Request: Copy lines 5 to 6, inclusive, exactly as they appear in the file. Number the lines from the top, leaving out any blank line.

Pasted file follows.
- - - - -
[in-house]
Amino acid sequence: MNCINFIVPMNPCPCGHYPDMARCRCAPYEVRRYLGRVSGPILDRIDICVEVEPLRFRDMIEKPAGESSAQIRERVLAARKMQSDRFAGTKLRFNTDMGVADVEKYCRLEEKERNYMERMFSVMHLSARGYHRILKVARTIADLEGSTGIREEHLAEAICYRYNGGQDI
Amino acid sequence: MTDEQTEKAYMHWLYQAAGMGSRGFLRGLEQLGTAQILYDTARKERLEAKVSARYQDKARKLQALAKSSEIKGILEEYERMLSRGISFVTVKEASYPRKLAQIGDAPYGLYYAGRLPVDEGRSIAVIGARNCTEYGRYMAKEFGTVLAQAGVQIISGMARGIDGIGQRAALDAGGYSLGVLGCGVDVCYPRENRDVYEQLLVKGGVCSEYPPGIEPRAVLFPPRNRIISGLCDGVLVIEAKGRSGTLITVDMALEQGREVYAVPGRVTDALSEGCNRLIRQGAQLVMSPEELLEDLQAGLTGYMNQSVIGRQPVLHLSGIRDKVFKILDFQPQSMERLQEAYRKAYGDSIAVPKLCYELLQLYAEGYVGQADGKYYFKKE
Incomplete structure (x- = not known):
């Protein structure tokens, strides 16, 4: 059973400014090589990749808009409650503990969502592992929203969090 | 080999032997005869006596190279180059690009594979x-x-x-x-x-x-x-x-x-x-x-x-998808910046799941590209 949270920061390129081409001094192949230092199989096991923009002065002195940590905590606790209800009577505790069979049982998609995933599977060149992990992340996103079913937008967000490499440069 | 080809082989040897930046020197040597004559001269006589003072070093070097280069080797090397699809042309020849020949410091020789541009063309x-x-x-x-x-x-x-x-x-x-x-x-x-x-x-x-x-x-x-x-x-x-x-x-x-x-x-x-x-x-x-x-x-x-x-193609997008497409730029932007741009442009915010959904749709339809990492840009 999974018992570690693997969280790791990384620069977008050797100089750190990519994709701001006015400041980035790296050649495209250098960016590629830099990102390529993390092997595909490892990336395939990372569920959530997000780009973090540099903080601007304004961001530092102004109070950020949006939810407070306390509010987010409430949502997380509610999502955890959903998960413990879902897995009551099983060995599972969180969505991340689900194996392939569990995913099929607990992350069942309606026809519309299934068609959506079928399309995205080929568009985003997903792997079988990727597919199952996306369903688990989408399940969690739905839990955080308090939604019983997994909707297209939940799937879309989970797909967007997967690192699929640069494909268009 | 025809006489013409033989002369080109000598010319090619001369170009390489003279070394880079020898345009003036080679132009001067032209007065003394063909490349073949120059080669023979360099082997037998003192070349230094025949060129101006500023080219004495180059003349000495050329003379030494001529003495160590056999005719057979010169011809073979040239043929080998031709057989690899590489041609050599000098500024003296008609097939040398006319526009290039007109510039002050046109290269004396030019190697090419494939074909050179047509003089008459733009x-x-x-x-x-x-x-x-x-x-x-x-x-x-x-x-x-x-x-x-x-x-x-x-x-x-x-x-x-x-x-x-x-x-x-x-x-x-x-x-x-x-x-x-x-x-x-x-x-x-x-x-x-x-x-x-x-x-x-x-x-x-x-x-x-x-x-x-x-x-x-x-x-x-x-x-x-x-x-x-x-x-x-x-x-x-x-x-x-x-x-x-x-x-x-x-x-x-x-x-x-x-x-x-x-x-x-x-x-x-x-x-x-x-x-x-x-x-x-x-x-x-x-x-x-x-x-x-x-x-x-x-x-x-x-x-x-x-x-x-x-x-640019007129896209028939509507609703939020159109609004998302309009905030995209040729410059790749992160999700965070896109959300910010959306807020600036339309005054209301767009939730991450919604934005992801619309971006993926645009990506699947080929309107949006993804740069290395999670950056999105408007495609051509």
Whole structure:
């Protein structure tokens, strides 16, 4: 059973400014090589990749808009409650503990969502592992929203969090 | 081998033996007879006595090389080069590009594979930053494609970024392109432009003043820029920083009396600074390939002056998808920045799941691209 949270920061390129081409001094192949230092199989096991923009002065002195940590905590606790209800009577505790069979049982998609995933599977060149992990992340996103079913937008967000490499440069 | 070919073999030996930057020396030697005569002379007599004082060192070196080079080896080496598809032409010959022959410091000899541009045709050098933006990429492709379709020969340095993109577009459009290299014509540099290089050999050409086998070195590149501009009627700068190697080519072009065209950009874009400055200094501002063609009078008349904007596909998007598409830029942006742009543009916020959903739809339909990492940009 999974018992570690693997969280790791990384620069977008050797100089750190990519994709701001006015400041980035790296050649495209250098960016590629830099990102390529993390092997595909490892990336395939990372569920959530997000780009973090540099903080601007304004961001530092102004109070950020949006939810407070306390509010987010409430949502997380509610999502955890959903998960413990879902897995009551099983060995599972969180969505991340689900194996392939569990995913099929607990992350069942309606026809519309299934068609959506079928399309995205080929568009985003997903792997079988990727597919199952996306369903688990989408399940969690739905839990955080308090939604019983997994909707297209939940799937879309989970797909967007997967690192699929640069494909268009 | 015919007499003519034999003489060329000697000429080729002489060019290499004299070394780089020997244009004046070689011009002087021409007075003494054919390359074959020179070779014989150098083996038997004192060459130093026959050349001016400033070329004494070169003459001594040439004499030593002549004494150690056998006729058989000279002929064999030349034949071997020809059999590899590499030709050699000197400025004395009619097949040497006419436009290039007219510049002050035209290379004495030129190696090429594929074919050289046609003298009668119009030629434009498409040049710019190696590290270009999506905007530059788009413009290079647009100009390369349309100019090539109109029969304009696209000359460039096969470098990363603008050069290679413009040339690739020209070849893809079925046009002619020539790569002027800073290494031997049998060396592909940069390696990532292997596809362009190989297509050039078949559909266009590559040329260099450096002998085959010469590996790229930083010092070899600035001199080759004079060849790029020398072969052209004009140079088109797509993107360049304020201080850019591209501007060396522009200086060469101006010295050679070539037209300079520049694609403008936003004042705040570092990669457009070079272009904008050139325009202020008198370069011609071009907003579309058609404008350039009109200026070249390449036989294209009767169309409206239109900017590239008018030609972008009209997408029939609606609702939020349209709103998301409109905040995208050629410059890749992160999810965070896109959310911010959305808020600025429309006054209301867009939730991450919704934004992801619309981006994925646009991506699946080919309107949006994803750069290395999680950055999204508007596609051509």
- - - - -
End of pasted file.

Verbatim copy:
């Protein structure tokens, strides 16, 4: 059973400014090589990749808009409650503990969502592992929203969090 | 080999032997005869006596190279180059690009594979x-x-x-x-x-x-x-x-x-x-x-x-998808910046799941590209 949270920061390129081409001094192949230092199989096991923009002065002195940590905590606790209800009577505790069979049982998609995933599977060149992990992340996103079913937008967000490499440069 | 080809082989040897930046020197040597004559001269006589003072070093070097280069080797090397699809042309020849020949410091020789541009063309x-x-x-x-x-x-x-x-x-x-x-x-x-x-x-x-x-x-x-x-x-x-x-x-x-x-x-x-x-x-x-x-x-x-x-193609997008497409730029932007741009442009915010959904749709339809990492840009 999974018992570690693997969280790791990384620069977008050797100089750190990519994709701001006015400041980035790296050649495209250098960016590629830099990102390529993390092997595909490892990336395939990372569920959530997000780009973090540099903080601007304004961001530092102004109070950020949006939810407070306390509010987010409430949502997380509610999502955890959903998960413990879902897995009551099983060995599972969180969505991340689900194996392939569990995913099929607990992350069942309606026809519309299934068609959506079928399309995205080929568009985003997903792997079988990727597919199952996306369903688990989408399940969690739905839990955080308090939604019983997994909707297209939940799937879309989970797909967007997967690192699929640069494909268009 | 025809006489013409033989002369080109000598010319090619001369170009390489003279070394880079020898345009003036080679132009001067032209007065003394063909490349073949120059080669023979360099082997037998003192070349230094025949060129101006500023080219004495180059003349000495050329003379030494001529003495160590056999005719057979010169011809073979040239043929080998031709057989690899590489041609050599000098500024003296008609097939040398006319526009290039007109510039002050046109290269004396030019190697090419494939074909050179047509003089008459733009x-x-x-x-x-x-x-x-x-x-x-x-x-x-x-x-x-x-x-x-x-x-x-x-x-x-x-x-x-x-x-x-x-x-x-x-x-x-x-x-x-x-x-x-x-x-x-x-x-x-x-x-x-x-x-x-x-x-x-x-x-x-x-x-x-x-x-x-x-x-x-x-x-x-x-x-x-x-x-x-x-x-x-x-x-x-x-x-x-x-x-x-x-x-x-x-x-x-x-x-x-x-x-x-x-x-x-x-x-x-x-x-x-x-x-x-x-x-x-x-x-x-x-x-x-x-x-x-x-x-x-x-x-x-x-x-x-x-x-x-x-x-640019007129896209028939509507609703939020159109609004998302309009905030995209040729410059790749992160999700965070896109959300910010959306807020600036339309005054209301767009939730991450919604934005992801619309971006993926645009990506699947080929309107949006993804740069290395999670950056999105408007495609051509």
Whole structure: